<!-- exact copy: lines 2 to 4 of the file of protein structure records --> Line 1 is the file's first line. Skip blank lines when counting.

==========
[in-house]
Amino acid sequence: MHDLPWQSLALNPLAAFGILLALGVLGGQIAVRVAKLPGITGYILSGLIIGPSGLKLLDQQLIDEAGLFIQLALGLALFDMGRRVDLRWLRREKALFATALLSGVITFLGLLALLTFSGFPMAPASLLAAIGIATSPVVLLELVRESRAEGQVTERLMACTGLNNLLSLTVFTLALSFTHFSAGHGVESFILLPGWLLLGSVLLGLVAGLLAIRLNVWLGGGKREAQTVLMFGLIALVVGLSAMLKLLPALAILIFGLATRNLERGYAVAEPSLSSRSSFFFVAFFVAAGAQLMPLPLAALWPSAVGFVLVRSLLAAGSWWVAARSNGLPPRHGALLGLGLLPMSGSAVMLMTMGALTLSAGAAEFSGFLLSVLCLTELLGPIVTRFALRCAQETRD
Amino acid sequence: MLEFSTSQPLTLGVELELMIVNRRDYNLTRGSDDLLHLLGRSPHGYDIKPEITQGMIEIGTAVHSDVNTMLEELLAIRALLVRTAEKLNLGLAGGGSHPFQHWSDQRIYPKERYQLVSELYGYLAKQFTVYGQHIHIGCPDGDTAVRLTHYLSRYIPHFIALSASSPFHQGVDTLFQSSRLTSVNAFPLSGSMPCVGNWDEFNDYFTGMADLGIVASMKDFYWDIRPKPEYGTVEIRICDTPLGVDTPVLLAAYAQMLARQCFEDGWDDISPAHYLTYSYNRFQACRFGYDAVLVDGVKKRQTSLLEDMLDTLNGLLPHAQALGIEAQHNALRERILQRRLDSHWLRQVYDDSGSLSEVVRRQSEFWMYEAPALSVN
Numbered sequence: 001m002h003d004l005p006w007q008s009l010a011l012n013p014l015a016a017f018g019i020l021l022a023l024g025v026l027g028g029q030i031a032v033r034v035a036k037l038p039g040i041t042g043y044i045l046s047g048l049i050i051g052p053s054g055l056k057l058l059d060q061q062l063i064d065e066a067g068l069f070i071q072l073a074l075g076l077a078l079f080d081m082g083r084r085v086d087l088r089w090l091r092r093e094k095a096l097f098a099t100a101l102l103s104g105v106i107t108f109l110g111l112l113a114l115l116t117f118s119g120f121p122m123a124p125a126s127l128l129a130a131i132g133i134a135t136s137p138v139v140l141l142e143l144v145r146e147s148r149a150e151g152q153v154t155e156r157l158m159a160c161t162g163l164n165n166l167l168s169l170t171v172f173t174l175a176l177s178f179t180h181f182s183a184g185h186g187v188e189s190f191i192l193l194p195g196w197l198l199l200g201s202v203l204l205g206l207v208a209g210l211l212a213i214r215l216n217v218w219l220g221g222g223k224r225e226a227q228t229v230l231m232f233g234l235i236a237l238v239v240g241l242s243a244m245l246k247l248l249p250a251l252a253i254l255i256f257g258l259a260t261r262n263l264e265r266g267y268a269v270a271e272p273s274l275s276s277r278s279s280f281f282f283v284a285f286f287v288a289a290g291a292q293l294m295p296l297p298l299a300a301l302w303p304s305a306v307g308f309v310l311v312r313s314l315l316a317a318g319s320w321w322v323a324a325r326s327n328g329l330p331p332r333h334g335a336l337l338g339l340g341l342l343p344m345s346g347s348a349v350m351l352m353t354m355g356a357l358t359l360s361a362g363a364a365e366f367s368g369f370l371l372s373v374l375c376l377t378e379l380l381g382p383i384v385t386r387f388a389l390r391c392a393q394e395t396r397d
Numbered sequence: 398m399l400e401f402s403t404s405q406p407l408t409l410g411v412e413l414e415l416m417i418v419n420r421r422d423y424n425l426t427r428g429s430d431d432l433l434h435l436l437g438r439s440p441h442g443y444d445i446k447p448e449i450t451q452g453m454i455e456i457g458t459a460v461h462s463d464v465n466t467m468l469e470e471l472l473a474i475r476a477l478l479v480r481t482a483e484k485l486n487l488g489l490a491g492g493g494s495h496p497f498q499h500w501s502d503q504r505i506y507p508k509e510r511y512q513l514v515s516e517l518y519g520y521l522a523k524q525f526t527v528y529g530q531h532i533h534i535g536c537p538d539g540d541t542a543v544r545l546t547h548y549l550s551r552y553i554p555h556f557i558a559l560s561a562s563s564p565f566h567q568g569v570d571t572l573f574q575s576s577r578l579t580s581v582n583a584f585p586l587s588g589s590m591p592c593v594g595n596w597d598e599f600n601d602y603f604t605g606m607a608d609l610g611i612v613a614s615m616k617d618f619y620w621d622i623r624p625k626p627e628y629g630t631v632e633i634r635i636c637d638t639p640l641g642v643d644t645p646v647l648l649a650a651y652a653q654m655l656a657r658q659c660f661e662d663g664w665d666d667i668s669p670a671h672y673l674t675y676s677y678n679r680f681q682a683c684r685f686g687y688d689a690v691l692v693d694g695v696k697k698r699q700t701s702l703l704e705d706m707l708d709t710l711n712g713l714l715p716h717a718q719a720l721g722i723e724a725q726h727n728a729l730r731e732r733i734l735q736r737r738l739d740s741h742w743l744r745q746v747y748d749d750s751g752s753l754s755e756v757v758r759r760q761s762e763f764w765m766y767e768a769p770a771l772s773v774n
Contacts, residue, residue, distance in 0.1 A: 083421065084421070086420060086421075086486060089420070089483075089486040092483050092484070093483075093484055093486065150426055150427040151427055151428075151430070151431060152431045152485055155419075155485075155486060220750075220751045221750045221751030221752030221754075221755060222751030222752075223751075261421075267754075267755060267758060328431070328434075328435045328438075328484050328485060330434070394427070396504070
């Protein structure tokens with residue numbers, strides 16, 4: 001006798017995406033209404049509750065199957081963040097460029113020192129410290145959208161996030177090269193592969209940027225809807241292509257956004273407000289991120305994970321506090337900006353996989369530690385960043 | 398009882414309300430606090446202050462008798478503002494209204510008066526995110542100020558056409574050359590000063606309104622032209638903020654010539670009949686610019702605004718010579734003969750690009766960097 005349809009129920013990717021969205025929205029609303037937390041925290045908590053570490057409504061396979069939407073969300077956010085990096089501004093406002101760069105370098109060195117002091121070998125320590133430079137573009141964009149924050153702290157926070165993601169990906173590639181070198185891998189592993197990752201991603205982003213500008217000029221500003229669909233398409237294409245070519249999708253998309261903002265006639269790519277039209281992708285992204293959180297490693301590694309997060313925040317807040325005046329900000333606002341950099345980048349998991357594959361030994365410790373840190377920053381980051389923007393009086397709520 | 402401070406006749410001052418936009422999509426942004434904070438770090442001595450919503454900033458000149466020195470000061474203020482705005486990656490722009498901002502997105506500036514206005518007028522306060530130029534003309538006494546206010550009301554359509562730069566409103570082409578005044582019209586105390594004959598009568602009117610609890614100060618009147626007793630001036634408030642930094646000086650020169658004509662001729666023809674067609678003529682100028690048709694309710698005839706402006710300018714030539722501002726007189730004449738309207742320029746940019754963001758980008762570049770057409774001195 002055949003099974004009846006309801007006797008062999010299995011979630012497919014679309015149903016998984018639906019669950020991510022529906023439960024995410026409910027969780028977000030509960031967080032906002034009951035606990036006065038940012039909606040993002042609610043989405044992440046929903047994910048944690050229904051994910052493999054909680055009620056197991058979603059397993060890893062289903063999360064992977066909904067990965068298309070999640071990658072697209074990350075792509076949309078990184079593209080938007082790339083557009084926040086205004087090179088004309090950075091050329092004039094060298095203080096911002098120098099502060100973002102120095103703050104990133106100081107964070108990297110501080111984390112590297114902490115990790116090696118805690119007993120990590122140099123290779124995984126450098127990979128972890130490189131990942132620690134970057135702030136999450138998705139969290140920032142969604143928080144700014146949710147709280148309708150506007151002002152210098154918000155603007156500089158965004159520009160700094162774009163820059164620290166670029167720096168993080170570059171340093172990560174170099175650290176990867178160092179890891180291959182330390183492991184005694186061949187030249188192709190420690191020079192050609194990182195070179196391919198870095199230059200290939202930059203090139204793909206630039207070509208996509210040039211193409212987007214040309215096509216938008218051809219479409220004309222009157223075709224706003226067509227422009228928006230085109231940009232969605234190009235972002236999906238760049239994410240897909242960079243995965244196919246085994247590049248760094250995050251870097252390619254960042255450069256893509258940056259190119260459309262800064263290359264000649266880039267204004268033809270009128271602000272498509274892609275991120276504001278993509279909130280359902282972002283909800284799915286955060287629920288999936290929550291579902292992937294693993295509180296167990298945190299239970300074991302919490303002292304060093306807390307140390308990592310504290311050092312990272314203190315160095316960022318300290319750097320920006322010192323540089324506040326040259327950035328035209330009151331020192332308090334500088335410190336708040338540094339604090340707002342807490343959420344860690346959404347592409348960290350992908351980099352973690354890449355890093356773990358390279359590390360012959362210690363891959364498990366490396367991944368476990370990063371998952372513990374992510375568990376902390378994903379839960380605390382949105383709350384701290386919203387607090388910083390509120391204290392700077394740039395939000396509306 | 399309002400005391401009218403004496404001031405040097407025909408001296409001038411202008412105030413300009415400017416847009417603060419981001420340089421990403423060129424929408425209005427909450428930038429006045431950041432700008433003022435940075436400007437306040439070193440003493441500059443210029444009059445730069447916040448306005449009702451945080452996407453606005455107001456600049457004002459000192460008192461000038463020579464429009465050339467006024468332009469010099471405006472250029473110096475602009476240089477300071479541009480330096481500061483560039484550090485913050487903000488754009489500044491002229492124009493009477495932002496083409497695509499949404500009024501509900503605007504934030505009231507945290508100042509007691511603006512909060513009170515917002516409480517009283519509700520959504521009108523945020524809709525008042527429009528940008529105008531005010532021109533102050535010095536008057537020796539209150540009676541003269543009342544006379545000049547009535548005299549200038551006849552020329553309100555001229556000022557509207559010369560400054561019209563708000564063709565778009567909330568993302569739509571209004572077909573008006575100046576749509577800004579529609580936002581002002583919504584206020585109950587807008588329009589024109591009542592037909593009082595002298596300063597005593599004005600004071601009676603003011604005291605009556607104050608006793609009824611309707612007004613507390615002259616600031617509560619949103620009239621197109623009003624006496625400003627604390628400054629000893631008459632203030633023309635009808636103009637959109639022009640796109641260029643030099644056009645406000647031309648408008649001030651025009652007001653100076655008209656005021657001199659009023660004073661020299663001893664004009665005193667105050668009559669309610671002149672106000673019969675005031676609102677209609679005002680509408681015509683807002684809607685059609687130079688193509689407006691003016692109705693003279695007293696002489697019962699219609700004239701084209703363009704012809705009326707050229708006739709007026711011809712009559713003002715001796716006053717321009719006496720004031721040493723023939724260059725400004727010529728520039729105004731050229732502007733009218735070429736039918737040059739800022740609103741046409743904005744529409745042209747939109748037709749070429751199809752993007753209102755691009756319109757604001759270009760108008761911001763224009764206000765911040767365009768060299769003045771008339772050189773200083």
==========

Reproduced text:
Amino acid sequence: MHDLPWQSLALNPLAAFGILLALGVLGGQIAVRVAKLPGITGYILSGLIIGPSGLKLLDQQLIDEAGLFIQLALGLALFDMGRRVDLRWLRREKALFATALLSGVITFLGLLALLTFSGFPMAPASLLAAIGIATSPVVLLELVRESRAEGQVTERLMACTGLNNLLSLTVFTLALSFTHFSAGHGVESFILLPGWLLLGSVLLGLVAGLLAIRLNVWLGGGKREAQTVLMFGLIALVVGLSAMLKLLPALAILIFGLATRNLERGYAVAEPSLSSRSSFFFVAFFVAAGAQLMPLPLAALWPSAVGFVLVRSLLAAGSWWVAARSNGLPPRHGALLGLGLLPMSGSAVMLMTMGALTLSAGAAEFSGFLLSVLCLTELLGPIVTRFALRCAQETRD
Amino acid sequence: MLEFSTSQPLTLGVELELMIVNRRDYNLTRGSDDLLHLLGRSPHGYDIKPEITQGMIEIGTAVHSDVNTMLEELLAIRALLVRTAEKLNLGLAGGGSHPFQHWSDQRIYPKERYQLVSELYGYLAKQFTVYGQHIHIGCPDGDTAVRLTHYLSRYIPHFIALSASSPFHQGVDTLFQSSRLTSVNAFPLSGSMPCVGNWDEFNDYFTGMADLGIVASMKDFYWDIRPKPEYGTVEIRICDTPLGVDTPVLLAAYAQMLARQCFEDGWDDISPAHYLTYSYNRFQACRFGYDAVLVDGVKKRQTSLLEDMLDTLNGLLPHAQALGIEAQHNALRERILQRRLDSHWLRQVYDDSGSLSEVVRRQSEFWMYEAPALSVN
Numbered sequence: 001m002h003d004l005p006w007q008s009l010a011l012n013p014l015a016a017f018g019i020l021l022a023l024g025v026l027g028g029q030i031a032v033r034v035a036k037l038p039g040i041t042g043y044i045l046s047g048l049i050i051g052p053s054g055l056k057l058l059d060q061q062l063i064d065e066a067g068l069f070i071q072l073a074l075g076l077a078l079f080d081m082g083r084r085v086d087l088r089w090l091r092r093e094k095a096l097f098a099t100a101l102l103s104g105v106i107t108f109l110g111l112l113a114l115l116t117f118s119g120f121p122m123a124p125a126s127l128l129a130a131i132g133i134a135t136s137p138v139v140l141l142e143l144v145r146e147s148r149a150e151g152q153v154t155e156r157l158m159a160c161t162g163l164n165n166l167l168s169l170t171v172f173t174l175a176l177s178f179t180h181f182s183a184g185h186g187v188e189s190f191i192l193l194p195g196w197l198l199l200g201s202v203l204l205g206l207v208a209g210l211l212a213i214r215l216n217v218w219l220g221g222g223k224r225e226a227q228t229v230l231m232f233g234l235i236a237l238v239v240g241l242s243a244m245l246k247l248l249p250a251l252a253i254l255i256f257g258l259a260t261r262n263l264e265r266g267y268a269v270a271e272p273s274l275s276s277r278s279s280f281f282f283v284a285f286f287v288a289a290g291a292q293l294m295p296l297p298l299a300a301l302w303p304s305a306v307g308f309v310l311v312r313s314l315l316a317a318g319s320w321w322v323a324a325r326s327n328g329l330p331p332r333h334g335a336l337l338g339l340g341l342l343p344m345s346g347s348a349v350m351l352m353t354m355g356a357l358t359l360s361a362g363a364a365e366f367s368g369f370l371l372s373v374l375c376l377t378e379l380l381g382p383i384v385t386r387f388a389l390r391c392a393q394e395t396r397d